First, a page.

This course is a comprehensive hands-on introduction to the concepts and basic algorithms needed to make a mobile robot function reliably and effectively. We will work in small groups with small robots that are controlled over wireless from your laptop computers. The robots are custom-designed mini forktrucks that can move pallets from place to place just like commercial automated guided vehicles do today. The robots are programmed in the modern MATLAB programming environment. It is a pretty easy language to learn, and a very powerful one for prototyping robotics algorithms. You will get a lot of experience in this course in addition to some theory. Lectures are focused on the content of the next lab. There is a lab every week and they build on each other so that a complete robot software system results. The course will culminate with a class-wide robot competition that tests the performance of all of your code implemented in the semester. In order to succeed in the course, students must have a 1) 2nd year science/engineering level background in mathematics (matrices, vectors, coordinate systems) and 2) have already mastered at least one procedural programming language like C or Java, and 3) have enough experience to be reasonably prepared to write a 5000 line software system in 13 weeks with the help of one or two others. When the course is over, you will have written a single software system that has been incrementally extended in functionality and regularly debugged throughout the semester.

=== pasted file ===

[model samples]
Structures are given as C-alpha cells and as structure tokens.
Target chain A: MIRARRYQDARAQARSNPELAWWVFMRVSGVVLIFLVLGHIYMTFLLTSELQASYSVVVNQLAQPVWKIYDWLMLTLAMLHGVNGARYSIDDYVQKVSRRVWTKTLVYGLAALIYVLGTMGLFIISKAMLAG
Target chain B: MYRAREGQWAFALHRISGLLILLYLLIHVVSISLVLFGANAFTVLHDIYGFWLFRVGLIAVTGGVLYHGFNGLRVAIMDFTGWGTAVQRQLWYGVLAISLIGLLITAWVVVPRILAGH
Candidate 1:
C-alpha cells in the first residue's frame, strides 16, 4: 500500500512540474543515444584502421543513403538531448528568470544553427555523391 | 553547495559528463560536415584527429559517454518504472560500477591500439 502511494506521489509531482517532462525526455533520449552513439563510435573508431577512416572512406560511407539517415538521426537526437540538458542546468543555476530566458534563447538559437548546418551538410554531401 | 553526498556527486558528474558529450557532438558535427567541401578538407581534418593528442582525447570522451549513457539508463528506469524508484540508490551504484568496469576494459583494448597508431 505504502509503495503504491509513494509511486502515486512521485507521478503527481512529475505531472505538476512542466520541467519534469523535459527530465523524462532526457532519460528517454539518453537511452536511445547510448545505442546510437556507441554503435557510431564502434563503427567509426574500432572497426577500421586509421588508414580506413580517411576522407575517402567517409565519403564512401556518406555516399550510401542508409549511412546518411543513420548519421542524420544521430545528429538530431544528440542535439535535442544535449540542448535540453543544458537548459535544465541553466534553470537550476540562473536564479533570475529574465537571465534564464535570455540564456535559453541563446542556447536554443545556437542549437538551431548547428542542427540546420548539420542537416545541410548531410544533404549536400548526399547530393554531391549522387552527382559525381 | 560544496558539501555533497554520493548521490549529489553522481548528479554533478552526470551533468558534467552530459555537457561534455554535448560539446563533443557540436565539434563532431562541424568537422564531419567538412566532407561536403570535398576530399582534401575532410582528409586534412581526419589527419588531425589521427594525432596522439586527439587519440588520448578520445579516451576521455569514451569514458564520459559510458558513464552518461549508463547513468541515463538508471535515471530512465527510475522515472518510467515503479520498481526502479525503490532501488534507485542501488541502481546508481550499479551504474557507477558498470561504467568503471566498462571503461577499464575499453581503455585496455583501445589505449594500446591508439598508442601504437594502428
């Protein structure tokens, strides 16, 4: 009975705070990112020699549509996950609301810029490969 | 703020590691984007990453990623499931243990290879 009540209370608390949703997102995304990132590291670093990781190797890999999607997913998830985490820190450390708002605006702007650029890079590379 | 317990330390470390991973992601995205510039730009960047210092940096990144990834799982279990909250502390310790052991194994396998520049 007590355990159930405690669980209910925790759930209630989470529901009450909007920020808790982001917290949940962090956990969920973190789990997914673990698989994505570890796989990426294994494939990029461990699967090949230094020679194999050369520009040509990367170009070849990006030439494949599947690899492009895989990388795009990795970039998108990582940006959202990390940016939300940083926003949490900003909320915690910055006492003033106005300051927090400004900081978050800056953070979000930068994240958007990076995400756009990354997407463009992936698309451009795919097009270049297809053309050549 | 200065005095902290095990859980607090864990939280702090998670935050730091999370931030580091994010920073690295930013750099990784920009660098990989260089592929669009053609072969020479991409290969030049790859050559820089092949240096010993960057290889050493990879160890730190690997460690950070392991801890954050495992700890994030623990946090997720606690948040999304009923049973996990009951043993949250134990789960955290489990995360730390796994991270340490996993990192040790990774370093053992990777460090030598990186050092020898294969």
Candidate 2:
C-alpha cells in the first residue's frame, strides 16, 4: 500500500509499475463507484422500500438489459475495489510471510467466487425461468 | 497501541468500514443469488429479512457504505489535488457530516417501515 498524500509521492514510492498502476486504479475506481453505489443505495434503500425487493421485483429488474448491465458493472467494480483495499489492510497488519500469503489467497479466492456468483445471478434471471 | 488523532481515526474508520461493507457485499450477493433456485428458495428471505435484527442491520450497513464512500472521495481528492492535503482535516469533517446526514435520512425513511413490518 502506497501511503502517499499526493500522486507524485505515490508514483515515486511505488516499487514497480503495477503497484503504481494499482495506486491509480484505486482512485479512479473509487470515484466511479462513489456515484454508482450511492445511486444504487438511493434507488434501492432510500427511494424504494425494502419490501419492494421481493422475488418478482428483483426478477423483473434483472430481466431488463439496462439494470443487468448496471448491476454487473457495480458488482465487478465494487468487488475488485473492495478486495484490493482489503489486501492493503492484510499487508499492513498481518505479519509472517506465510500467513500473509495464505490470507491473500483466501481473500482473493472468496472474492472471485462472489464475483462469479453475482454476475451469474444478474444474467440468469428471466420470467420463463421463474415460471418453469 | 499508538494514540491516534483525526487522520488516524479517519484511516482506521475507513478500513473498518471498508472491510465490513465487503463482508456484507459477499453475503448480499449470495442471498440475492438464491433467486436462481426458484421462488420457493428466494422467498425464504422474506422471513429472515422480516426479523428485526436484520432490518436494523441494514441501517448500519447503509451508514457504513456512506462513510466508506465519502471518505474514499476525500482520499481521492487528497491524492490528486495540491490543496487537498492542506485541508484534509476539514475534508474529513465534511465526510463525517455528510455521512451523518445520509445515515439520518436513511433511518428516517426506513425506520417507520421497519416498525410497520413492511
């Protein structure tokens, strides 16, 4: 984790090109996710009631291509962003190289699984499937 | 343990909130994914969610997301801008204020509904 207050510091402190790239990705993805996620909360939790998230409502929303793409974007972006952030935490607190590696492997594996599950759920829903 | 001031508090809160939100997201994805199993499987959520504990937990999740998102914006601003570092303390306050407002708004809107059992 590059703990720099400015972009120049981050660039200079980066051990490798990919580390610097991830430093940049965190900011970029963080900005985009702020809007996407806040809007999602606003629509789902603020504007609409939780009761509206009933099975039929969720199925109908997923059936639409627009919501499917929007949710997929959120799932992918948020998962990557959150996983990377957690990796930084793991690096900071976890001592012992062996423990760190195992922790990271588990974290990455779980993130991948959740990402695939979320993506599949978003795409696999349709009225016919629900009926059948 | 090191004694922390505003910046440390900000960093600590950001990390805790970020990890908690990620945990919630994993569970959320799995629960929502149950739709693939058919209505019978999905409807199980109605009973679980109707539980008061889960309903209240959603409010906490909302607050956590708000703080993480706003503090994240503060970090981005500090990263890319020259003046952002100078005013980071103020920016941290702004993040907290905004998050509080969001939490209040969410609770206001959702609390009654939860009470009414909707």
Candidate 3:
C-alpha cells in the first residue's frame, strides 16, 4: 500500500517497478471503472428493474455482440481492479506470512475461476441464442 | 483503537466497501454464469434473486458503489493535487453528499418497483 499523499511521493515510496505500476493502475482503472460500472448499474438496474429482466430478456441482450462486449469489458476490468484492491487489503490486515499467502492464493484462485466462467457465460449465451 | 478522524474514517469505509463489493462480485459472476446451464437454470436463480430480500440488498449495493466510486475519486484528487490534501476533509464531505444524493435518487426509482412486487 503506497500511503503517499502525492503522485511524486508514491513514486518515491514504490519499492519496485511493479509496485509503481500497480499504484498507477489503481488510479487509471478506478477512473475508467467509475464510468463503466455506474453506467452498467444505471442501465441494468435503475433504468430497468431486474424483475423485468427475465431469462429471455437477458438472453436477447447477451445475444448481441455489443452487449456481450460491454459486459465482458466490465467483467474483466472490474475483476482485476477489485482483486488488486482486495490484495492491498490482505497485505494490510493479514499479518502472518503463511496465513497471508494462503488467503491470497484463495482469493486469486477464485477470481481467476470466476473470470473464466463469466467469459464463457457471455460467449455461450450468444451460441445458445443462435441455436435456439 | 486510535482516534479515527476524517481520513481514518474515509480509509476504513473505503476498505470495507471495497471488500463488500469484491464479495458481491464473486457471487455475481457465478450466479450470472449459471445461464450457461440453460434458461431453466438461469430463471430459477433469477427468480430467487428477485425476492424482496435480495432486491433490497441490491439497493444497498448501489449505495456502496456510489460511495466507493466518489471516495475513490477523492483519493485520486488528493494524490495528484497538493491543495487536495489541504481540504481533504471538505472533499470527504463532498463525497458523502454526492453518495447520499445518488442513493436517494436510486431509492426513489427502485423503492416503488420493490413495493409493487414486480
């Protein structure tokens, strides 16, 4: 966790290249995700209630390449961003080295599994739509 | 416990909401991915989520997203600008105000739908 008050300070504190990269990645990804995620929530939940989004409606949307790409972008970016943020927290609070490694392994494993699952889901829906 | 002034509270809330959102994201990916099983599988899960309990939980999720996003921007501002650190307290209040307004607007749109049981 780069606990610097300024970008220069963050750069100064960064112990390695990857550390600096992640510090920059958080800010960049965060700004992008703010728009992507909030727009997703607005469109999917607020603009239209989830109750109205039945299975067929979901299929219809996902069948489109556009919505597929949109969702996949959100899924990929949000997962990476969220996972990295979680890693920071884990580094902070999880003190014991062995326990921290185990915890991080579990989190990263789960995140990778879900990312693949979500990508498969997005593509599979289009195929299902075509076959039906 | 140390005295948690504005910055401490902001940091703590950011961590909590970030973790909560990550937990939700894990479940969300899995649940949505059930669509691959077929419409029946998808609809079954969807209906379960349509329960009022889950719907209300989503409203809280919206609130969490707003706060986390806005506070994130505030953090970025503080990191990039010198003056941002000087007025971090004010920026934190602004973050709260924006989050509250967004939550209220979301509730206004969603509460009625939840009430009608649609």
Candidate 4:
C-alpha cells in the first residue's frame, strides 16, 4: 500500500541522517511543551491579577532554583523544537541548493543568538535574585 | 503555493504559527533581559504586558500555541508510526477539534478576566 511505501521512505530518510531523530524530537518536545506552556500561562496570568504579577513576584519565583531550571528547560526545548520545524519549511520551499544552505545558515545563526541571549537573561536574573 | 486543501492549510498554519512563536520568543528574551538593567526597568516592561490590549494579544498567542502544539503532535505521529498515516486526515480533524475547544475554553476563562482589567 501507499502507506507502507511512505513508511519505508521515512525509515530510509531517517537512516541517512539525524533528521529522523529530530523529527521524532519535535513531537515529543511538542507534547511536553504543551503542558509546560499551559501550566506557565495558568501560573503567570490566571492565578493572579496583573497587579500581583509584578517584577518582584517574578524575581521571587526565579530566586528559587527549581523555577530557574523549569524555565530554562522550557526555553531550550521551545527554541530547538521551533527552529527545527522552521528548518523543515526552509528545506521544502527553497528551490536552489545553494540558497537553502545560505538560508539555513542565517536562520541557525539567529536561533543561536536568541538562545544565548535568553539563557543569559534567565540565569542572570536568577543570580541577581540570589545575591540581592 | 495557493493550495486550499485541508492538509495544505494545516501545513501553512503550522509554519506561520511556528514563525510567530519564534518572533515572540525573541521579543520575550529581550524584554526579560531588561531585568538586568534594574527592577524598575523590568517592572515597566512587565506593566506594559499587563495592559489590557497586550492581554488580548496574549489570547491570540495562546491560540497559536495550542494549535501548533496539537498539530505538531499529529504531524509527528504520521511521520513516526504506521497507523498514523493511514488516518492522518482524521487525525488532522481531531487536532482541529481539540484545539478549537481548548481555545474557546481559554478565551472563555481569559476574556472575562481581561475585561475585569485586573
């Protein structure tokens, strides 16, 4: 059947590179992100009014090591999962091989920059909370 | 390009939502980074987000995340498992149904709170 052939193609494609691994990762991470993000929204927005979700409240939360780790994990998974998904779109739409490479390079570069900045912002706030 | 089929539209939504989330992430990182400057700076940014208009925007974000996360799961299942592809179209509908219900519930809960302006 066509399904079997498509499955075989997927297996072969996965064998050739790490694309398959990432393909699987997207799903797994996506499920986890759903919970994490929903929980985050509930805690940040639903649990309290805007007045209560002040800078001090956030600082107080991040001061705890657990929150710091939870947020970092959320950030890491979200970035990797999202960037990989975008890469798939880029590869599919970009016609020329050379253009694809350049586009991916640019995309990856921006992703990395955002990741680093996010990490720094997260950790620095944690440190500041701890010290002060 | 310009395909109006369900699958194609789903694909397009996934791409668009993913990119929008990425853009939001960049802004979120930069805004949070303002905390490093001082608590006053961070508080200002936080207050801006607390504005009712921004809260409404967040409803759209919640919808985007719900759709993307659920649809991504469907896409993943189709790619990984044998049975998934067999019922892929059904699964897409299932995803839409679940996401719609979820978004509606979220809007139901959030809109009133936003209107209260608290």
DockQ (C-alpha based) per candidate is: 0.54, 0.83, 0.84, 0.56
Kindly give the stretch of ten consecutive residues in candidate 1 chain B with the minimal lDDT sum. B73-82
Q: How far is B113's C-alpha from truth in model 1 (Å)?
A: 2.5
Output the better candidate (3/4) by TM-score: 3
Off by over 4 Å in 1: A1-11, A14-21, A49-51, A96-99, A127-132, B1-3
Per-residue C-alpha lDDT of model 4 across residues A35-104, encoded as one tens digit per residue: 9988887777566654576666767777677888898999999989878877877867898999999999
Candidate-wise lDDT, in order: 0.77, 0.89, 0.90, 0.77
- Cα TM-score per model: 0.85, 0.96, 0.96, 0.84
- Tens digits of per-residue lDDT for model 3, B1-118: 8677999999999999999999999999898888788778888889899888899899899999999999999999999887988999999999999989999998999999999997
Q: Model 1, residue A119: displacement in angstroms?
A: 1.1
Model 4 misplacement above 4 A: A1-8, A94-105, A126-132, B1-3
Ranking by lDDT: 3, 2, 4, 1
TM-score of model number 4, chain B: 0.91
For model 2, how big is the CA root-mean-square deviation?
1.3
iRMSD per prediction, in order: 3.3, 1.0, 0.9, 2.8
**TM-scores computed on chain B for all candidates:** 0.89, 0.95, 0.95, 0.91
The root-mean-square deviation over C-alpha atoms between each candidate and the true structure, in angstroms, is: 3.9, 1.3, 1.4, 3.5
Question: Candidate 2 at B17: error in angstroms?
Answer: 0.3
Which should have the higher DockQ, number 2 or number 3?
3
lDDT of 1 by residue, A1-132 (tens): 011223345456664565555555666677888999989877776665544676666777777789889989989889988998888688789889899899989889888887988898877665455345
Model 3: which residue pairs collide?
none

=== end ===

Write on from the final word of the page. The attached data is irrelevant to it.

Course Website: http://www.frc.ri.cmu.edu/~alonzo/teaching/16x62/16x62.html
16-371 Personalized Responsive Environments
Spring: 9 units
[IDeATe collaborative course]. Environmental factors have a significant impact on mood and productivity. Creating responsive environments necessitates the design of surroundings that are able to metamorphose in order to optimize user strengths and available resources and evolve in stride with user needs. This course will investigate the development of spaces that adapt to user preferences, moods, and task specific demands. Both the design and engineering of such personalized environments will be explored. Central course concepts will include, understanding the user, integrating various modalities (e.g., light, heat, sound) to support the changing needs of task and user, and the creation of adaptive environments that learn user preferences over time. Please note that there may be usage/materials fees associated with this course.